Economic news from Europe and Washington has been encouraging of late -- relatively speaking.
So why have stocks been unable to find a purchase?
The recent decline began with third-quarter corporate reports that did not very often impart that warm and fuzzy feeling of profits beating expectations and wholly lacked that supportive giddiness that comes when investors suspect something big is about to turn a corner.
With the national propensity to forget what happened two weeks ago, the theme of late has been to blame the national election for the slump on Wall Street, forgetting that the downturn started a month before that.
But that isn't to say President Obama's re-election was greeted with a sense of euphoria, either. Until Friday's modest upturn, markets in New York were down 4.5 percent to 5.6 percent with only one other positive day posted since Nov. 6.
What did Obama's re-election mean?
Investors considered a four-year track record that included a sharp increase in regulation, a spotty approach to dealing with China and constraints put on the oil industry that is vital to our lifestyle and our economy.
And then there's this $16 trillion national debt. Who knew what would come of that. After all, the last time the White House and the Republican-controlled House of Representatives met on the budget battle field they created this peculiar "fiscal cliff," about which the best can be said is that nobody likes it. This is a budget that seems to have provided equal opportunity for squirming.
How could lawmakers have bungled things this badly? The answer is simple: The level of mutual vehemence in Washington in the summer of 2011 was at a peak. Republicans backed with vigorous right-wing Tea party enthusiasm, took a routine matter of raising the government's debt ceiling and decided to stonewall national debate.
For some, expectations for this year's budget talks could not have been any lower.
And what has happened since the election?
While stocks continue to slide, it has been announced that the United States is predicted to become the world's largest oil producer within the next generation -- something many Americans did not think possible. Imagine cheap gas and advances in solar power and strident expectations for fuel efficiency. Suddenly, what looked like a mess looks like a half-decent energy policy. Where did that come from?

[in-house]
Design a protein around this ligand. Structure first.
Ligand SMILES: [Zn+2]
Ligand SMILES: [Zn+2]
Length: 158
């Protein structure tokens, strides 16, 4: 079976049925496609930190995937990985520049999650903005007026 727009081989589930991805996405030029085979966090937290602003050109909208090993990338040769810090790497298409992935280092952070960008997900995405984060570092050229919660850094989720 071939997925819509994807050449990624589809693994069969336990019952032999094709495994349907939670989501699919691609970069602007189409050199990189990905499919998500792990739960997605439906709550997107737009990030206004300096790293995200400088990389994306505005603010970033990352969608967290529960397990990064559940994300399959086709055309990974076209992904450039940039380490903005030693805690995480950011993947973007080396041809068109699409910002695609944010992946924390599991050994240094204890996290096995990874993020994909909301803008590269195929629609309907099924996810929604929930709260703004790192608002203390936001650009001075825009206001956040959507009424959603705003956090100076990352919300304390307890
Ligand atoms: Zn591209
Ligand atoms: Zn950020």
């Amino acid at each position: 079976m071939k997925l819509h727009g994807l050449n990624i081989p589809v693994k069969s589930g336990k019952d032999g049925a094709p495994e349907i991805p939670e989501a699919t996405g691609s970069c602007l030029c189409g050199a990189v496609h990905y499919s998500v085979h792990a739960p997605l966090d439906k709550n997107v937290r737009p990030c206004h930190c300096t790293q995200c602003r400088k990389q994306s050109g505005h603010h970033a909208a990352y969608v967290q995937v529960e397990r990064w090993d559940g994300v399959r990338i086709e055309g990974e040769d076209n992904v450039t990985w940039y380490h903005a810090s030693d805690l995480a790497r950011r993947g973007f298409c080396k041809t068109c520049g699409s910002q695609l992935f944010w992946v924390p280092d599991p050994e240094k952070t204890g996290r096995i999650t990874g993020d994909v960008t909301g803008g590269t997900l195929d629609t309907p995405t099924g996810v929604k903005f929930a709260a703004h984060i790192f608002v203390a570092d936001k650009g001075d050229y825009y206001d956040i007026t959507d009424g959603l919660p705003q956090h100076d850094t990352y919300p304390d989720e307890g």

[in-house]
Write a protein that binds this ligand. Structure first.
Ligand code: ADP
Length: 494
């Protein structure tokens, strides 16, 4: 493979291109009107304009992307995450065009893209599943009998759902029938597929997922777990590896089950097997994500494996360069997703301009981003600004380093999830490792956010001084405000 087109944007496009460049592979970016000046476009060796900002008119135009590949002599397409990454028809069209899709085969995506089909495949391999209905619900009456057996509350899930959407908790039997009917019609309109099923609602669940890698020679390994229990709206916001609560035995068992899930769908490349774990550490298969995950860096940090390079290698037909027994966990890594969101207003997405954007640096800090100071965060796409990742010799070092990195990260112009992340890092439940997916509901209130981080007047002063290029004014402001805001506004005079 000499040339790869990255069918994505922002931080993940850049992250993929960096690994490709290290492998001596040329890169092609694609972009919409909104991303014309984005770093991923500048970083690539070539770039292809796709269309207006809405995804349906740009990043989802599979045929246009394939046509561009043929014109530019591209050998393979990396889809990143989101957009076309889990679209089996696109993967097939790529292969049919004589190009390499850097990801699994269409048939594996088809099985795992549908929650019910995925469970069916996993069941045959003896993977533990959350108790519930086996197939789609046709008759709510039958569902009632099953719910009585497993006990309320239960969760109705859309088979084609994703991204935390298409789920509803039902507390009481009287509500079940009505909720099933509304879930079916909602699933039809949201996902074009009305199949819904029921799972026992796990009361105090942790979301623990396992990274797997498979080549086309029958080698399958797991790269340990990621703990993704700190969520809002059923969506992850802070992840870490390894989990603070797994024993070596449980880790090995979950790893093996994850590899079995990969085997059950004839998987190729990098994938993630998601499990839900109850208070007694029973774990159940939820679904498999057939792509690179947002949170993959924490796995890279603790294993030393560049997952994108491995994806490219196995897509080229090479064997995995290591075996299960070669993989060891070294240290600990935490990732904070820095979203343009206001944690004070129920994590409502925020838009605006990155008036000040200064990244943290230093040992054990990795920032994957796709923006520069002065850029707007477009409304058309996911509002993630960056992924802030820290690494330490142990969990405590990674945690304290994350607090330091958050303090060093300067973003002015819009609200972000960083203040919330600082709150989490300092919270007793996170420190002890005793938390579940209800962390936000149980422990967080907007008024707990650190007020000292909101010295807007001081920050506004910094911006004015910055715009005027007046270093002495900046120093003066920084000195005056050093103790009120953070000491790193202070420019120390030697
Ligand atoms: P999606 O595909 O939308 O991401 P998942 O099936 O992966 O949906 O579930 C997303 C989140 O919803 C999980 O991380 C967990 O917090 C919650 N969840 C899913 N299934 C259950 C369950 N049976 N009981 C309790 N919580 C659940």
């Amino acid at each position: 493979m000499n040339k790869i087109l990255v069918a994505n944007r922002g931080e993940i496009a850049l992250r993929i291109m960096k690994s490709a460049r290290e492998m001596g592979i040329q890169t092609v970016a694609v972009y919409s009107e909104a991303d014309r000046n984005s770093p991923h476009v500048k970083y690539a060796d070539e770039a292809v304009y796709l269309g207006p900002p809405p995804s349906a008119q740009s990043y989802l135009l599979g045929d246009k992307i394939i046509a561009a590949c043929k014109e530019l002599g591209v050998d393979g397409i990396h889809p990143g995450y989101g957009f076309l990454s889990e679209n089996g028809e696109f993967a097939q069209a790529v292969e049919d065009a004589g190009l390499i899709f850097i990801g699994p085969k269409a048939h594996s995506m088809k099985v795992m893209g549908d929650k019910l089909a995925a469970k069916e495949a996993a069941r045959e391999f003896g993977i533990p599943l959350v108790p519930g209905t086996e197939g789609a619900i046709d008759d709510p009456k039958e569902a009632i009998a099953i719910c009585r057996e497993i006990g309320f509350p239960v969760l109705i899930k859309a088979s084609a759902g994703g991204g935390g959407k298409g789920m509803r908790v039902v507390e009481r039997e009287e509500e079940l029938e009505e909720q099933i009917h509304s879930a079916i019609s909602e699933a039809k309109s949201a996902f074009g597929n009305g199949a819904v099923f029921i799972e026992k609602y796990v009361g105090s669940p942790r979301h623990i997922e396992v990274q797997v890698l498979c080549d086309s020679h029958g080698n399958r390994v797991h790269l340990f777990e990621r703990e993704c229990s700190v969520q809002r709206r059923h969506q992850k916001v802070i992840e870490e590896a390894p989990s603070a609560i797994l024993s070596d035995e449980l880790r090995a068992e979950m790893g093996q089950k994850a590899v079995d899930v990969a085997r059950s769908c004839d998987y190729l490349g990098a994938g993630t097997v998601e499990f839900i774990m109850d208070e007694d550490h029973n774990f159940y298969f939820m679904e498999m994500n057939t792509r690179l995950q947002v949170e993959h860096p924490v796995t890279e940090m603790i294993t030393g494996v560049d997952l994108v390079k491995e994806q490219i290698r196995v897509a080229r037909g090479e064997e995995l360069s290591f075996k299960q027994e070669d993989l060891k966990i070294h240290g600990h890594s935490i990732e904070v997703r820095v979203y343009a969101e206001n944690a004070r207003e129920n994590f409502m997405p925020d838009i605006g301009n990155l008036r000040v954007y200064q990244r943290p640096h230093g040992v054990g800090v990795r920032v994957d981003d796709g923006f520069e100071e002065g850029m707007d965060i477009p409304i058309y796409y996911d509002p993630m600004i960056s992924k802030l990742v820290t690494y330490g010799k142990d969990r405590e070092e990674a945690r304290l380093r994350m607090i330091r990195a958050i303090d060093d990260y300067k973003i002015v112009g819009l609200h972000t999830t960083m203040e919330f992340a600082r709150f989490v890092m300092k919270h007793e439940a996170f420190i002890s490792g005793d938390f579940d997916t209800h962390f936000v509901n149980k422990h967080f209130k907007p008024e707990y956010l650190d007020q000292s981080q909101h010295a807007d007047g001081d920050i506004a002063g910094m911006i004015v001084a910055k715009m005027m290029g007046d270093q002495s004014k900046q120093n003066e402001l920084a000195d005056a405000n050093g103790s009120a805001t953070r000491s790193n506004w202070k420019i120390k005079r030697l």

A few smiles in Washington over the first round of budget talks should not fool too many, but Republicans took the national election to heart and began talking revenue before the dust had even settled. So, there's half a chance of progress after all.
In Belgium, European Commissioner for Economic and Monetary Affairs Olli Rehn announced last week there seems to be no need for Spain to undertake a series of self-destructive austerity budget measures, despite the likelihood of Madrid missing fiscal targets the European Union considers critical.
The path ahead for Greece is still strewn with serious potholes but Spain has a chance of containing the damage to its banking sector and leaving it at that.
Why is none of this very encouraging? Spain's economy is still in extremely dire straits. The U.S. economy is moving forward but it is still decidedly in the slow lane.
In international markets Monday, the Nikkei 225 index in Japan added 3.66 percent and the Shanghai composite index in China lost 0.66 percent. The Hang Seng index in Hong Kong gained 0.73 percent and the Sensex in India rose 0.16 percent.
The S&P/ASX 200 in Australia added 0.57 percent.
In midday trading in Europe, the FTSE 100 index in Britain gained 1.5 percent while the DAX 30 in Germany tacked on 1.94 percent. The CAC 40 in France jumped 1.85 percent and the Stoxx Europe 600 climbed 1.52 percent.